CLOSE Mississippi Civil Legal rights Museum Director Pamela Junior discusses the new museum’s central exhibition before presenting a question which may provoke introspection on visitors. Sarah Warnock
Congressman John Lewis (Image: The Washington Post)
U.S. Reps. John Lewis and Bennie Thompson will stay away from Saturday’s starting of the Mississippi Civil Rights Museum, citing the attendance of President Donald Trump.
Lewis and Thompson, both Democratic leaders, decided to attend Saturday.
In a joint statement, they said that “Trump’s attendance and his hurtful plans are an insult to the persons portrayed in this civil rights museum. The struggles represented in this museum exemplify the reality of what really took place in Mississippi. President Trump’s disparaging comments about ladies, the disabled, immigrants and National Football League players disrespect the initiatives of Fannie Lou Hamer, Aaron Henry, Medgar Evers, Robert Clark, James Chaney, Andrew Goodman, Michael Schwerner and many others who have offered their all for Mississippi to be an improved place.”
After Trump departs, “we encourage all Mississippians and Americans to go to this historic civil rights museum.”
In response to the boycott by the two congressmen, White House Press Secretary Sarah Huckabee Sanders stated, “We think it’s unfortunate these users of Congress wouldn’t join the President in honoring the incredible sacrifice civil rights leaders made to proper the injustices inside our history. The President hopes others will join him in recognizing that the activity was about removing barriers and unifying Americans of most backgrounds.”
Lewis and Trump have tangled before.
After Lewis questioned whether Trump was a “legitimate president” and boycotted Trump’s inauguration, Trump fired back on Twitter: “Congressman John Lewis should spend more time on fixing and helping his district, which is in horrible shape and falling apart (not forgetting crime infested) rather than falsely complaining about the election results.”
Past Mississippi Gov. Ray Mabus says he won’t go to starting of Mississippi Civil Rights Museum as a result of President Donald Trump’s decision to wait. (Image: Deobrah Barfield Berry/USA TODAY)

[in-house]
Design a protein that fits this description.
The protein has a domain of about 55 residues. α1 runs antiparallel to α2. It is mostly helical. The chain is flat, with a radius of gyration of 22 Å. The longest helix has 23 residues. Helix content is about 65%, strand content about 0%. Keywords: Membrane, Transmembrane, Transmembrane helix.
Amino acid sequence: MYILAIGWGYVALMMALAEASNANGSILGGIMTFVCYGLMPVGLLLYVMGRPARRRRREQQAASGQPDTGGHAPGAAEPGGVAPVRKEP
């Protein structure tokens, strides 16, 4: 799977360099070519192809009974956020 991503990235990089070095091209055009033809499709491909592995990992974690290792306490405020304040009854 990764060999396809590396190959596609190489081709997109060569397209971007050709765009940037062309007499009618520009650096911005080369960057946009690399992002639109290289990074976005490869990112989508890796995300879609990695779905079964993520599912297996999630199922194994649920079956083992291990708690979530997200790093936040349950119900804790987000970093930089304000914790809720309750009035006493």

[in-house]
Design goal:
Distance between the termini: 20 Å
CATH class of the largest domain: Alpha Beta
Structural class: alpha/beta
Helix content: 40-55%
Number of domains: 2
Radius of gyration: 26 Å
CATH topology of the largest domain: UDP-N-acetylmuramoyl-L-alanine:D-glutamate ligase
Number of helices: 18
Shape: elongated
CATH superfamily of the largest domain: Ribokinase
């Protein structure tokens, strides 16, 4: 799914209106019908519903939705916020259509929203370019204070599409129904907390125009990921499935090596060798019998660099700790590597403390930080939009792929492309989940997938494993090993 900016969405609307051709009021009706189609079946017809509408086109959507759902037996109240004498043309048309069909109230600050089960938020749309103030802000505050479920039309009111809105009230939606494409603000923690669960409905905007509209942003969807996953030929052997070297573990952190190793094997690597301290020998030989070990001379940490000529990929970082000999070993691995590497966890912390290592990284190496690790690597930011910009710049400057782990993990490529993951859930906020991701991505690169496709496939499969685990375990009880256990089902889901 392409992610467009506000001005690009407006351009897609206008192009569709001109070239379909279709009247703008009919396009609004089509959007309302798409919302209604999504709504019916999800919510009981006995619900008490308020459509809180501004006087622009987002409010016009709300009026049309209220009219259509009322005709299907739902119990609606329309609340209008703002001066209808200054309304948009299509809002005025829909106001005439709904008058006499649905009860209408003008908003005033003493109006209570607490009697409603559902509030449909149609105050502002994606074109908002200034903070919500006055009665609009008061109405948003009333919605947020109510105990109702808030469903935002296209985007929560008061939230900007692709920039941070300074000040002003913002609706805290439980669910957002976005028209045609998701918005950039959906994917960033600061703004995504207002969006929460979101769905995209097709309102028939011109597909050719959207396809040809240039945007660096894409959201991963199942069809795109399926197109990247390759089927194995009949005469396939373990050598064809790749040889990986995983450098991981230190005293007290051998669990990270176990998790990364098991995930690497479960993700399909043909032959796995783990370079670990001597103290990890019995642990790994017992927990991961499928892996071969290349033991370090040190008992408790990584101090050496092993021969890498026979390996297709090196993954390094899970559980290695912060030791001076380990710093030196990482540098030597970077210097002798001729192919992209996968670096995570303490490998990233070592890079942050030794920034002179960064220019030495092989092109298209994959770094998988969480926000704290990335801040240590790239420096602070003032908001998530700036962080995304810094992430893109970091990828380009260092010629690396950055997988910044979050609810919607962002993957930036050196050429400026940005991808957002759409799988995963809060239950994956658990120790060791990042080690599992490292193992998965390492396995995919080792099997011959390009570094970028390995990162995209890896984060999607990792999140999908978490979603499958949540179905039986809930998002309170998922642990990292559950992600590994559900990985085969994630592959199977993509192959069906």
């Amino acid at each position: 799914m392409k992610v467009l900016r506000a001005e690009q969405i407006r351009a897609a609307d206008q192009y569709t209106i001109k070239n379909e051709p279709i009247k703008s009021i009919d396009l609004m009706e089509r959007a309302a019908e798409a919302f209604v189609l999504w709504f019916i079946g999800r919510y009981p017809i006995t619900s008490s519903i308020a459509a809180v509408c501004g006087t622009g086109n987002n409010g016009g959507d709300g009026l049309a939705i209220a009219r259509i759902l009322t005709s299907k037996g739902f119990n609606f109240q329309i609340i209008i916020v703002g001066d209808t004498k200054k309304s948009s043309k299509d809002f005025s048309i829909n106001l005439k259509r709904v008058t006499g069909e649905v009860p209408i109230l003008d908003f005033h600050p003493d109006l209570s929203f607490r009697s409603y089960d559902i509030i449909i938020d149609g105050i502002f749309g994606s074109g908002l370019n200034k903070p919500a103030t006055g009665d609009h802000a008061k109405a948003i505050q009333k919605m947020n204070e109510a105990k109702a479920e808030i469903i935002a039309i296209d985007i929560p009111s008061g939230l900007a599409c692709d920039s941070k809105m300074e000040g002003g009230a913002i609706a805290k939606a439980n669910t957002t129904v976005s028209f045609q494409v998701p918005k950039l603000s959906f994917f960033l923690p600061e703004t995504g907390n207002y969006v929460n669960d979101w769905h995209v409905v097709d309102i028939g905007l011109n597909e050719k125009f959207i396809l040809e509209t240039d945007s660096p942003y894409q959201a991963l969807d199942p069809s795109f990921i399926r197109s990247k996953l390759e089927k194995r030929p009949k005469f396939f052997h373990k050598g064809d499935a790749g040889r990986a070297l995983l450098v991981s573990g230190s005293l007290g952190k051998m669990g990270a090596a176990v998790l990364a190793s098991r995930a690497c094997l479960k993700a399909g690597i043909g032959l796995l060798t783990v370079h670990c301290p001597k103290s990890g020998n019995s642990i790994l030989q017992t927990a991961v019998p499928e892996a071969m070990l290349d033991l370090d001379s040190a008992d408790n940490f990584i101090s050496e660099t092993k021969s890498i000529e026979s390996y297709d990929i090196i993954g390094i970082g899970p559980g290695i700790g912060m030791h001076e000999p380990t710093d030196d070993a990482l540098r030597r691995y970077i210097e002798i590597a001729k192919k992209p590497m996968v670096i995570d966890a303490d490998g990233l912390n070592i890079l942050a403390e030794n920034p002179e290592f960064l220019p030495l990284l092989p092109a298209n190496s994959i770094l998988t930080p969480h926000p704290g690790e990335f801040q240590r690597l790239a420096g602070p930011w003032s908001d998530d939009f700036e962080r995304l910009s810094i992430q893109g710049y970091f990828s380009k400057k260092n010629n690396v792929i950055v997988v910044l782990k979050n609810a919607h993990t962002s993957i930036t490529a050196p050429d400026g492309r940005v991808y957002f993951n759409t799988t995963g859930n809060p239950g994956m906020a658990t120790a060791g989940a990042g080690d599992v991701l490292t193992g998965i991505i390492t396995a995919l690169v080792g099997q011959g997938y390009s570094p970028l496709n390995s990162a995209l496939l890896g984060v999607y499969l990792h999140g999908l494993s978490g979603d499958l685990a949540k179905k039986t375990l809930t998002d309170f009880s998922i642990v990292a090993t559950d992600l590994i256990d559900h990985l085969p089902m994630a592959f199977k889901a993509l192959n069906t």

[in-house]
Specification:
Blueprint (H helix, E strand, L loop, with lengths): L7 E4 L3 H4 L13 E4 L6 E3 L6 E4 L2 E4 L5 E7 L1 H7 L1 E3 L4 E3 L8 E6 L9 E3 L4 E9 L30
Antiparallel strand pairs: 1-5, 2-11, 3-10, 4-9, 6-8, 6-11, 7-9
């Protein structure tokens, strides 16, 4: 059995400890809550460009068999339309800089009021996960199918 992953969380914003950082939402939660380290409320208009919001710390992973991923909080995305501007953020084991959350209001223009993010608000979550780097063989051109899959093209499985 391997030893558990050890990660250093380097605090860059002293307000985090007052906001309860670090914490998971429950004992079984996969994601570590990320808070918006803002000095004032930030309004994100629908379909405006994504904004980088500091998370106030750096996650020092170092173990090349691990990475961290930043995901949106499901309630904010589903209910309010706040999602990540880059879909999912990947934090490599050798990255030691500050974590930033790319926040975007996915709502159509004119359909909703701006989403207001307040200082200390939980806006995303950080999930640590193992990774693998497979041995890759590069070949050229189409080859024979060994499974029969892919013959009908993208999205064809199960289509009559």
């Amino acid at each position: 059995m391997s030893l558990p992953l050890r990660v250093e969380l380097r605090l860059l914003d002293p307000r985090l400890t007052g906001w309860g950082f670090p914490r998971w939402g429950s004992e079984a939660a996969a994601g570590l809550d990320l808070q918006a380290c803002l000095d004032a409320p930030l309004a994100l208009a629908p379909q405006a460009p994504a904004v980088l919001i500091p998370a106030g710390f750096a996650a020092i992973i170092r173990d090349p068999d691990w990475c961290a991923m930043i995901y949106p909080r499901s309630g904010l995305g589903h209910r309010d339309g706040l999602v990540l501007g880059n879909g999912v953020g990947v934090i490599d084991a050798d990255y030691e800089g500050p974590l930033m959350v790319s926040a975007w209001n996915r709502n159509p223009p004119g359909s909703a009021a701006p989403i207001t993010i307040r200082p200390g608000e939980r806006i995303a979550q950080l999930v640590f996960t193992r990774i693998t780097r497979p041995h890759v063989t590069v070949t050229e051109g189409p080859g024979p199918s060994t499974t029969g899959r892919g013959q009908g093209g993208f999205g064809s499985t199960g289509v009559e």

Gov. Phil Bryant invited Trump to wait Saturday’s openings of the civil privileges museum and the History of Mississippi Museum within Mississippi’s 200th birthday.
On Thursday, former Mississippi Gov. Ray Mabus declared he won’t be going to the museum opening.
“This institution and event ought to be a celebration of the hard-won progress in civil rights, but the main speaker, Donald Trump, is actively attacking that progress and turning us back to the dark days of hatred and division,” he said. “Donald Trump represents the exact contrary of what this museum is approximately – honoring the heroes who fought for, and often died for, the thought of equality of most. Donald Trump’s phrases and deeds show he would not stand with persons like Medgar Evers, Fannie Lou Hamer, James Chaney, Andrew Goodman, Michael Schwerner and so many, many more.”
Express Rep. Sonya Williams Barnes, D-Gulfport, who seats the Black Caucus, said she actually is staying aside Saturday as a result of the president’s “disrespect” for African Americans and others, but plans to wait the museum after with her family.
“I cannot express my gratitude enough to those heroes and ‘she-roes’ who are appearing honored inside our museum,” she said. “The leaders staying honored in the museum had been murdered at the whim of a lawless mob, and could not sit openly in public areas buildings and public transportation. These icons had been witnesses that weeping may endure for a evening, but joy comes into play the morning. It has been an extended night, Mississippi.”
Others have also announced they are actually boycotting or protesting.
Mississippi’s civil privileges museum is the nation’s first such state-sponsored civil privileges museum. The state put in $90 million on both museums, and another $19 million was privately raised for exhibits and endowments.
The museums will open with a ceremony beginning at 11 a.m. Saturday on the lands at 222 North St., a block west of the Mississippi Express Fairgrounds.
Speakers includes the widow of Medgar Evers, Myrlie Evers, as well as Gov. Phil Bryant and former governors Haley Barbour and William F. Winter.
In a joint statement Thursday, Bishop Joseph R. Kopacz of the Catholic Diocese of Jackson, Bishop Brian R. Seage of the Episcopal Diocese of Mississippi and Bishop James E. Swanson Sr. of The United Methodist Church praised the two museums and stated the Mississippi Civil Rights Museum can “serve as a significant acknowledgement and affirmation by our condition not merely of its accomplishments but of its sometimes bloody and shameful history. Our hope, certainly our common prayer, is normally that the Museum will help us maneuver toward specific and collective reconciliation for the hurts, injustices, prejudices, failures, violence and omissions of the past and empower approaching generations of Mississippians to do justice and take pleasure in mercy.”
The bishops said they wish Trump “will use his attendance at the opening of the museums and the Bicentennial Special event to acknowledge the sacrifice and witness of many individuals who offered themselves, their souls and bodies, to eradicate injustice and oppression inside our state. Our state’s Bicentennial is a trigger for celebration. May in addition, it be an occasion for all of us to launch innovative and meaningful initiatives of reconciliation and healing.”
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